Indian Journal of Agricultural Research

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Indian Journal of Agricultural Research, volume 58 issue 2 (april 2024) : 323-330

Influence of Forest Strips on Changes in Soil Properties in the Agrolandscape

A.V. Koshelev1,*, M.O. Shatrovskaya1, V.M. Kretinin1
1Federal Scientific Centre of Agroecology, Complex Melioration and Protective Afforestation of the Russian Academy of Sciences (FSC of Agroecology RAS), Volgograd- 400062, Russia.
Cite article:- Koshelev A.V., Shatrovskaya M.O., Kretinin V.M. (2024). Influence of Forest Strips on Changes in Soil Properties in the Agrolandscape . Indian Journal of Agricultural Research. 58(2): 323-330. doi: 10.18805/IJARe.AF-799.

Background: In Russia 5.2 million hectares of protective forest plantations were created on agricultural land. Forest strips optimize moisture turnover, heat and gas exchange of the territory and transform agrarian landscapes into more sustainable forest-agrarian ecosystems (agroforest landscapes). Studying the impact of shelterbelt forests on the transformation of soil properties in the context of climate change (organic carbon storage) is an important problem. The aim of our research was to study the effect of shelterbelt forests on soil indicators and to digitally map the contours of forest-meliorated soils on the test site using GIS-technology and field studies.

Methods: In the present study, the methodology of soil studies in agroforested soils (1978) and the methodology of assessing the accumulation of substances in plants and soils in agroforested landscapes were used to study forest-meliorated soils. We proceeded from the position that the reclamation effect of forest belts occurs at a distance of 30 heights. The research was conducted from 2016 to 2022.

Result: Research has established, that the soil profile under the forest belt has an organogenic horizon A0 (forest floor); the thickness of the humus horizon (A+B1) under the forest belt is 8-10 cm higher compared to other zones. Spatial distribution of humus content in the A+B1 horizon from the forest belt to the centers of inter-belt squares (zone 20H) is not characterized by great variability and clear patterns and on average makes 1.15-1.2%. The increase in calcium carbonate (CaCO3) content in the soil occurs in the direction from the forest belt to the 20H zone. The indicator of dense residue in terms of the content of readily soluble salts is not relevant in estimating the forest belt’s influence on transformation of soil properties. A preliminary digital map of the contours of forest-reclaimed soils has been compiled. The obtained materials will serve as a basis for modeling the spatial and temporal dynamics of soils under forest belts in the zonal section and improving soil fertility in the interstrip space.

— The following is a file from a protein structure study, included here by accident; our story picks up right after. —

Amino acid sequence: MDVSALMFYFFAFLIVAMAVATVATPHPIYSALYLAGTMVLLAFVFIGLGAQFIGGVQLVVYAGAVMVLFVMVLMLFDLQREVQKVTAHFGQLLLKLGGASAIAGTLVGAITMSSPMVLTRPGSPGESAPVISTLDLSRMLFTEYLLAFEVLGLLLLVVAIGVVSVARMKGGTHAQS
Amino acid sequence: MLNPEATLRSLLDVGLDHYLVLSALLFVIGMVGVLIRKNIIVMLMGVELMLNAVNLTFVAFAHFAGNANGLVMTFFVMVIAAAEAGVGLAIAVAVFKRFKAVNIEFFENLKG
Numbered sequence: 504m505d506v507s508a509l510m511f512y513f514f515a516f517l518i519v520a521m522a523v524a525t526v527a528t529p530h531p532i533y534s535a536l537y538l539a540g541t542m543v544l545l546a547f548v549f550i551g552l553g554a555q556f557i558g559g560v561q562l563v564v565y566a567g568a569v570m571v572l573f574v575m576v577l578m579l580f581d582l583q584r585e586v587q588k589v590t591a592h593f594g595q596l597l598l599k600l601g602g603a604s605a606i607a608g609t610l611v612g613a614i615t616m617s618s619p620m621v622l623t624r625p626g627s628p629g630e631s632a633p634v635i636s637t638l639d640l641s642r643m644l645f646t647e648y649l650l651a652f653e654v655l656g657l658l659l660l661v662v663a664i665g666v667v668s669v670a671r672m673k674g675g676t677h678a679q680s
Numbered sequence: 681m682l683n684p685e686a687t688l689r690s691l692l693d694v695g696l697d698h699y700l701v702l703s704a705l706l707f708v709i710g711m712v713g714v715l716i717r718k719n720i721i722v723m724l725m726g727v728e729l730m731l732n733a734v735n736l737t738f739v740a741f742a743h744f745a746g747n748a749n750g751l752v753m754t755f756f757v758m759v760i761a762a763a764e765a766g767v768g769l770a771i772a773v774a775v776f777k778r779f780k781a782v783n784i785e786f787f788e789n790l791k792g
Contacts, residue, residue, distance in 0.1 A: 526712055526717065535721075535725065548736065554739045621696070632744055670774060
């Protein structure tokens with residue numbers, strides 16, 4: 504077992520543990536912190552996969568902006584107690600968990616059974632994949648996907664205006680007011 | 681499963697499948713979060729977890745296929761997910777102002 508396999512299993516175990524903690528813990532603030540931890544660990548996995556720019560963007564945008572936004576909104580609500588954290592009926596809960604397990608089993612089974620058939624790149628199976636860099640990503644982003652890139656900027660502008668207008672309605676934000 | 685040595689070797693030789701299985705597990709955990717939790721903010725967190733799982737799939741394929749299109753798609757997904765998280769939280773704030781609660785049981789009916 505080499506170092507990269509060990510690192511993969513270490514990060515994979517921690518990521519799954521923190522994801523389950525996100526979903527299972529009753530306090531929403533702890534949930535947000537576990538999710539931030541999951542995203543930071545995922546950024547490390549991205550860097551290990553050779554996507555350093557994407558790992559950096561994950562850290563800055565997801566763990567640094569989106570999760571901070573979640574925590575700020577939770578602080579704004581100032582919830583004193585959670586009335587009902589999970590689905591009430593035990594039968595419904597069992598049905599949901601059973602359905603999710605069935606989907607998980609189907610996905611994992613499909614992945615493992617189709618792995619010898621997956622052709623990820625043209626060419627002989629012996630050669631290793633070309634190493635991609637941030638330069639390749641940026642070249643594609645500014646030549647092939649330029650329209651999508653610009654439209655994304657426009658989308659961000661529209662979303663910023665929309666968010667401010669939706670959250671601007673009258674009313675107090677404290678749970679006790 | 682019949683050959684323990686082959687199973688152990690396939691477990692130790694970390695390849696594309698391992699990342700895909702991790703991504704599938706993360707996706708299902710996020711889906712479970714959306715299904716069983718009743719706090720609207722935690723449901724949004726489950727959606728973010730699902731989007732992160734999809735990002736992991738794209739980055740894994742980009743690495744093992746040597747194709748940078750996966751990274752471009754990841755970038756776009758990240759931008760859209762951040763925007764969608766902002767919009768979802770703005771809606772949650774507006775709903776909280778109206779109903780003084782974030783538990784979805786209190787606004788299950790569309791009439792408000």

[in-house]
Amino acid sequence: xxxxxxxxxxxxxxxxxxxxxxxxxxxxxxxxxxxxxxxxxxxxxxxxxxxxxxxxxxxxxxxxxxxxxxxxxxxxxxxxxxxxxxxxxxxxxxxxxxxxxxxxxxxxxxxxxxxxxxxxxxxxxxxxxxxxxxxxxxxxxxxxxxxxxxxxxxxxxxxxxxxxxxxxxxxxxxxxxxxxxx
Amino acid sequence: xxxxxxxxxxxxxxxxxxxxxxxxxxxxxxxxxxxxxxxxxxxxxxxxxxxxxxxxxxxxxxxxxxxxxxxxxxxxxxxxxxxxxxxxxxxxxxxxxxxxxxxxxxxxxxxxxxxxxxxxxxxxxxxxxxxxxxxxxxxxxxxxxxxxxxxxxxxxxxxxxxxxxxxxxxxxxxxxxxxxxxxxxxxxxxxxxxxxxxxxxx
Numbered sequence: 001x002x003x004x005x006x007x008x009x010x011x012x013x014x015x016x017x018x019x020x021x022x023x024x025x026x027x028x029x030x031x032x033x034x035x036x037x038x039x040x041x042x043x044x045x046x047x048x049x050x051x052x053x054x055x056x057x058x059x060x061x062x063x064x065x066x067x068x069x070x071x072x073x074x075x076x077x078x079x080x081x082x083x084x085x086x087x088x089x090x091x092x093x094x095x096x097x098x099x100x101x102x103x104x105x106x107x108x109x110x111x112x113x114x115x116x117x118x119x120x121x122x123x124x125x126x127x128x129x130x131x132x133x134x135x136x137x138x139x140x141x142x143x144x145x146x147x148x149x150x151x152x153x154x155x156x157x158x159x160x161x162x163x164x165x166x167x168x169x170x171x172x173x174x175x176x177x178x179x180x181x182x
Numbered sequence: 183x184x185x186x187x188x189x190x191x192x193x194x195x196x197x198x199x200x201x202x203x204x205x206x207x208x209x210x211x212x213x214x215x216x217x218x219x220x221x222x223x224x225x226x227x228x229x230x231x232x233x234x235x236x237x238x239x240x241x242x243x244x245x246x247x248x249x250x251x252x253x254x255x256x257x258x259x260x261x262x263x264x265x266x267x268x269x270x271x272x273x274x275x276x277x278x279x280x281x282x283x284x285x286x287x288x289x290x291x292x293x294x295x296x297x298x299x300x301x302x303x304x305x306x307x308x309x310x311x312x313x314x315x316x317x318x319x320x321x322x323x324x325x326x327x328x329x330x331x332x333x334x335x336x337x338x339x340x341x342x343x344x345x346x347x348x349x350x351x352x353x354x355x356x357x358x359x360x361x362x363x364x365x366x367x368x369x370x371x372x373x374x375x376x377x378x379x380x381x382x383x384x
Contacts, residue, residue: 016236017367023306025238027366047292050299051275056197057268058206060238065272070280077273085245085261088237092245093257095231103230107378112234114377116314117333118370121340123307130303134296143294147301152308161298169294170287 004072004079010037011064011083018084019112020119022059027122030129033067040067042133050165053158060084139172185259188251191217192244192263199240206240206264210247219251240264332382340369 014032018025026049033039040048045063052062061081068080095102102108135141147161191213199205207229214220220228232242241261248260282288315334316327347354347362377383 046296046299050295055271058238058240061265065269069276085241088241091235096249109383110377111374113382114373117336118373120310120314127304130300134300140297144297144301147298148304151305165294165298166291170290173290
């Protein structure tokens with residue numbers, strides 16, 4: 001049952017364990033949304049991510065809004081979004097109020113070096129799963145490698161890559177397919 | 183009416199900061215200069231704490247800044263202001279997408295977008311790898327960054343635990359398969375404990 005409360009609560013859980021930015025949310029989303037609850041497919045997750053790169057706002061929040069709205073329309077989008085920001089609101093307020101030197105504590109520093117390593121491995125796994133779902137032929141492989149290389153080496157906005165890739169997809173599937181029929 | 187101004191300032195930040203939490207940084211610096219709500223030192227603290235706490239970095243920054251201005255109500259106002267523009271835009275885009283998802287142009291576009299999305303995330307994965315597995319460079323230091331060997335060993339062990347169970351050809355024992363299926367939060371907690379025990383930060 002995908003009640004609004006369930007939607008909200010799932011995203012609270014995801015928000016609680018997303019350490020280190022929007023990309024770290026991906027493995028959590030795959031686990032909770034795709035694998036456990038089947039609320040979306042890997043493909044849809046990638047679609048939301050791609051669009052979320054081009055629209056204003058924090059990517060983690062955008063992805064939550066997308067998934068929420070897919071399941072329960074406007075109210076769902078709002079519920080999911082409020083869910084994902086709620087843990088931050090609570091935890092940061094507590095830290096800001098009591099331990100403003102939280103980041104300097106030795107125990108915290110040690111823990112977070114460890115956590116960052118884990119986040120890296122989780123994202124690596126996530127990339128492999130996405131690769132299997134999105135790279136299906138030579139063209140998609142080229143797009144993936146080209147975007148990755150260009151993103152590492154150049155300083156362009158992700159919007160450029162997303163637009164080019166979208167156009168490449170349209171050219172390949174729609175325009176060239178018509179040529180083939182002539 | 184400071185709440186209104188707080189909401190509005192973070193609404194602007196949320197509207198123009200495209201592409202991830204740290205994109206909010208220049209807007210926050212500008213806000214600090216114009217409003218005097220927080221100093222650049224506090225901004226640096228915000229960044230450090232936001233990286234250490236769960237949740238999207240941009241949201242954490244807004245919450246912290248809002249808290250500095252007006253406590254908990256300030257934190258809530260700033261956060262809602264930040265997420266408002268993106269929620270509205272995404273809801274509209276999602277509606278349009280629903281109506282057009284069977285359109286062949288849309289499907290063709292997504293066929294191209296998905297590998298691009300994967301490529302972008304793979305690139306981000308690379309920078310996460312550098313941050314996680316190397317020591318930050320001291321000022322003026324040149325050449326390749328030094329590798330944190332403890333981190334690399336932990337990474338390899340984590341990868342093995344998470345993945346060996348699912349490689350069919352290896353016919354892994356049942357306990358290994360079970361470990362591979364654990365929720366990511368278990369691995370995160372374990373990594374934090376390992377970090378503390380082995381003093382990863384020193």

One of the important components of the agrolandscapes of southern European Russia are protective forest plantations (PFP), which have a positive impact on the agroecological situation in them and increase soil fertility (Haddaway et al., 2016; Kotlyarova, 2014; Kulik, 2018; Kulik and Pugacheva, 2016; Rulev and Koshelev, 2012; Sorokona and Petrova, 2014; Taryono et al., 2023). The practice of agroforest-meliorative soil science testifies to the fact that reclamation effect of forest plantations transforms the physical, chemical and morphological properties of soils (Kretinin, 2009; Solovyev, 1967; Smirnova et al., 2020; Jiang et al., 2022). Forest-meliorated soils, as a rule, are formed at a distance of up to 10H on the windward and windward sides of the forest belt and within its boundaries. 10H is the product where H is the height of the plantation. When studying the dynamics of changes in the indicators of forest-reclaimed soils and their mapping, the following factors should be taken into account: age of forest plantations, structure and condition of PFP, their height, position of soils in the relief and the nature of agricultural use (Kretinin, 2009).
       
A zone of forest belts influence increases with age and the structure of soil cover changes gradually (in the horizontal direction).
       
The first experience in mapping the structure of soil cover under the influence of PFP was carried out by K.I. Zaychenko. In 1986, he made a soil map of the erosion stationary experimental farm All-Russian Research Institute of Agroforest melioration, VNIALMI (now Federal Scientific Center of Agroecology of the Russian Academy of Sciences) before the creation of runoff-regulating forest strips (1950) and 30 years after their creation (1980) (Zaychenko, 1986).
       
Development of information technologies has made it possible to apply modern digital research methods for carrying out digital mapping of soils. However, despite the rapid development of digital soil mapping, the issue of digital mapping of forest-reclaimed soils is still poorly studied.
       
The aim of the study was to investigate soil indicators under the influence of shelterbelt forests and in the interstrip area, digital mapping of soil contours of chestnut soils using GIS-technologies and field standardization.
Forest-meliorated soils in the agroforestry landscape of the Kachalino test site located in the southern part of Ilovlinsky District (Volgograd Region) were the object of our study (Fig 1). The research was conducted from 2016 to 2022 on the base test fields of FSC of Agroecology RAS.
 

Fig 1: Location map of the research object: A- Volgograd region; B- Ilovlya district; C- Kachalino test site.